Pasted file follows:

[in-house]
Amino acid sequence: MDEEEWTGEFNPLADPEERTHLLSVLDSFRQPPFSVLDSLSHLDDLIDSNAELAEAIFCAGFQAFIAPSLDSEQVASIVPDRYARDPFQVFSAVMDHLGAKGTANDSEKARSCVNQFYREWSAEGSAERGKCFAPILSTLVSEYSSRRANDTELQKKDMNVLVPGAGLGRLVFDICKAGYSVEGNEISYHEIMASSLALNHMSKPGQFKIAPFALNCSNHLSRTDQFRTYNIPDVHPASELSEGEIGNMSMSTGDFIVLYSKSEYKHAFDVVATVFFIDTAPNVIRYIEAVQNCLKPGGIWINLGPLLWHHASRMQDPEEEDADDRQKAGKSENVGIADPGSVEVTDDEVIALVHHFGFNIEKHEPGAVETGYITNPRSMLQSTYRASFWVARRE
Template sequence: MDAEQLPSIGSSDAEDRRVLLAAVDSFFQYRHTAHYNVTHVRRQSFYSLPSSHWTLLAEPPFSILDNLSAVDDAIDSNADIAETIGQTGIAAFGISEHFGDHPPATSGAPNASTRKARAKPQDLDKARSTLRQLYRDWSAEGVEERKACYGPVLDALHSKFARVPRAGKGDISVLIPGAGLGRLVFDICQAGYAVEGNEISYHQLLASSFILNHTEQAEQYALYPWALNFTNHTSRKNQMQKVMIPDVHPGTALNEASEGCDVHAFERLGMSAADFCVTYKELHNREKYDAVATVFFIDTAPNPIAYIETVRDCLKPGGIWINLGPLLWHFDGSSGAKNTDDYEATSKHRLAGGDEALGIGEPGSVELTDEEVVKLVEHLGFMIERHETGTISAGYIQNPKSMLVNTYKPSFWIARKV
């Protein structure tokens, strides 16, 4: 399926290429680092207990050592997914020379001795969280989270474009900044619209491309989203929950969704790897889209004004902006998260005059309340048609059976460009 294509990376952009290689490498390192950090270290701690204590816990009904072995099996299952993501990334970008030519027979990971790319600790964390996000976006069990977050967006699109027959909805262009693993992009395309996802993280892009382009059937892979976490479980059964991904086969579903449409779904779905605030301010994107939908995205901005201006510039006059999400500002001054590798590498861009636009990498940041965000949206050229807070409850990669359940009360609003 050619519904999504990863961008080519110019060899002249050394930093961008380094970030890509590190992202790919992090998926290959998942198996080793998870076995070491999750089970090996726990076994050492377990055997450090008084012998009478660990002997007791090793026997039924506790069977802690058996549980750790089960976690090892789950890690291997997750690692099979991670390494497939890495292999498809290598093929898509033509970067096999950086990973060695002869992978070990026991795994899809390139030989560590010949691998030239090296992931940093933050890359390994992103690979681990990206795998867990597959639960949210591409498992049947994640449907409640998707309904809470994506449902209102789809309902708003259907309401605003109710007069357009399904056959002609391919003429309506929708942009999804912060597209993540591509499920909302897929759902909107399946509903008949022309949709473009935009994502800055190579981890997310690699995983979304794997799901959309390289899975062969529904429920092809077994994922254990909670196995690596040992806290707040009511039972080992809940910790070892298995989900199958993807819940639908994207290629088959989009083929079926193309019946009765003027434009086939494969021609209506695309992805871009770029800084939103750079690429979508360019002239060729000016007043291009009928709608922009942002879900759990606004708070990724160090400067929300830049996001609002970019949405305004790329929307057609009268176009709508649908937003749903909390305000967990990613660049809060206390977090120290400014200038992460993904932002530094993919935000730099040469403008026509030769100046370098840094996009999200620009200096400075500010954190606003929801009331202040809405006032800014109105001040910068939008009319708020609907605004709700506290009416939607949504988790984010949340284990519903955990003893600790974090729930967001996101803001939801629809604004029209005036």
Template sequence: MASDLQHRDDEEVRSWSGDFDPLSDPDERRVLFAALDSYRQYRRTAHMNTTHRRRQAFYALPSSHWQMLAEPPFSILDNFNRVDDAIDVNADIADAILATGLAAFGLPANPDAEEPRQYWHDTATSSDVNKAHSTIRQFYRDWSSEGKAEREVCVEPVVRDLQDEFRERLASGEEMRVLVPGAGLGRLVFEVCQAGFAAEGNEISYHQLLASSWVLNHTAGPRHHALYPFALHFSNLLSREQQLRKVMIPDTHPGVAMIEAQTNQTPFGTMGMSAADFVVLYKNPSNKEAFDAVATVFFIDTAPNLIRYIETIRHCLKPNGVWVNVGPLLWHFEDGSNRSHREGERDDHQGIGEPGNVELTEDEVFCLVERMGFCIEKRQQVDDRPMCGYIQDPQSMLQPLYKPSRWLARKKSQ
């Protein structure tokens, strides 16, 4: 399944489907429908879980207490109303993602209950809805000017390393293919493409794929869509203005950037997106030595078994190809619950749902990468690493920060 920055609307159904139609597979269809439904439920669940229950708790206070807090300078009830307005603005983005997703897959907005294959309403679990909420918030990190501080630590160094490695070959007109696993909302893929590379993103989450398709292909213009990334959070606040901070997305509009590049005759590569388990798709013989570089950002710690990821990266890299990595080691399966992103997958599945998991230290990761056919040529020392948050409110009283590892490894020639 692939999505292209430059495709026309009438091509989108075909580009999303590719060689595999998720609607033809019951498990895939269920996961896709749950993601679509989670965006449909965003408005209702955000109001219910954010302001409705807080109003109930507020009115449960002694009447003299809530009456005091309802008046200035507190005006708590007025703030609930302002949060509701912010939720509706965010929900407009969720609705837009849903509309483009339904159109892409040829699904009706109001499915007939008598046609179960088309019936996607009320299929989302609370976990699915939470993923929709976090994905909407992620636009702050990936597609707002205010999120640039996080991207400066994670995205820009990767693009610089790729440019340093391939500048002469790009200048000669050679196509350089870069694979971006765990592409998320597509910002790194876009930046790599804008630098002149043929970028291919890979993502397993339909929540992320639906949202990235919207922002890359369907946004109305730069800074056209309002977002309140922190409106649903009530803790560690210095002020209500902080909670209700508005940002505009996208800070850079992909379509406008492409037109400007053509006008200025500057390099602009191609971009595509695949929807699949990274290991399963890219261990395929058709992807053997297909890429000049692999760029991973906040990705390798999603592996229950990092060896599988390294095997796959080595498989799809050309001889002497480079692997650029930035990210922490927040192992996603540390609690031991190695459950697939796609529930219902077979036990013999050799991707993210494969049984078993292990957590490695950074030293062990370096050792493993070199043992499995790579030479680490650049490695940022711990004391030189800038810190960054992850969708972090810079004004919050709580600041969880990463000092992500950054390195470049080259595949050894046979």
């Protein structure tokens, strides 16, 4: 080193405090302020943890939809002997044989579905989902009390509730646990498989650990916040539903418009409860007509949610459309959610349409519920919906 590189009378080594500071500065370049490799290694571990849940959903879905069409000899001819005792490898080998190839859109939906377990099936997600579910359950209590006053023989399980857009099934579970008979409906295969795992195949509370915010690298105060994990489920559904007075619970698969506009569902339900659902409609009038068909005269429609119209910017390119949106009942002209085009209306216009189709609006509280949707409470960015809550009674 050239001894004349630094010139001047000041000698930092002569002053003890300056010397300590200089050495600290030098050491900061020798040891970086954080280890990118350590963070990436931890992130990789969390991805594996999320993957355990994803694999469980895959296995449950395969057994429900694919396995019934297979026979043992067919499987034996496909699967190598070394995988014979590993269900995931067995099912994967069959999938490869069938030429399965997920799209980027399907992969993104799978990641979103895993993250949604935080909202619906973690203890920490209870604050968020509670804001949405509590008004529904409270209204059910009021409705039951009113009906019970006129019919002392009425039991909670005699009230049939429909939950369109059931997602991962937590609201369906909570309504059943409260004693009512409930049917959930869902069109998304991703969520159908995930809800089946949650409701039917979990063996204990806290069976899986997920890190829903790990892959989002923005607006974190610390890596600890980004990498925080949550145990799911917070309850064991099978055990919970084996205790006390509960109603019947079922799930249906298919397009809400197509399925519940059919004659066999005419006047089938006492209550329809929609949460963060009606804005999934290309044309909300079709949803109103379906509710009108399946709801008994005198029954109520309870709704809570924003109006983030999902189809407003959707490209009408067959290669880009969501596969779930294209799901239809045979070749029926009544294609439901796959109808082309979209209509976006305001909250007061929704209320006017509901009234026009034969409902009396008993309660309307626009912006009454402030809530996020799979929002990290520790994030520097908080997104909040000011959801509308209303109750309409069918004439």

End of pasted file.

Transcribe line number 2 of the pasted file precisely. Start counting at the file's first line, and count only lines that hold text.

Amino acid sequence: MDEEEWTGEFNPLADPEERTHLLSVLDSFRQPPFSVLDSLSHLDDLIDSNAELAEAIFCAGFQAFIAPSLDSEQVASIVPDRYARDPFQVFSAVMDHLGAKGTANDSEKARSCVNQFYREWSAEGSAERGKCFAPILSTLVSEYSSRRANDTELQKKDMNVLVPGAGLGRLVFDICKAGYSVEGNEISYHEIMASSLALNHMSKPGQFKIAPFALNCSNHLSRTDQFRTYNIPDVHPASELSEGEIGNMSMSTGDFIVLYSKSEYKHAFDVVATVFFIDTAPNVIRYIEAVQNCLKPGGIWINLGPLLWHHASRMQDPEEEDADDRQKAGKSENVGIADPGSVEVTDDEVIALVHHFGFNIEKHEPGAVETGYITNPRSMLQSTYRASFWVARRE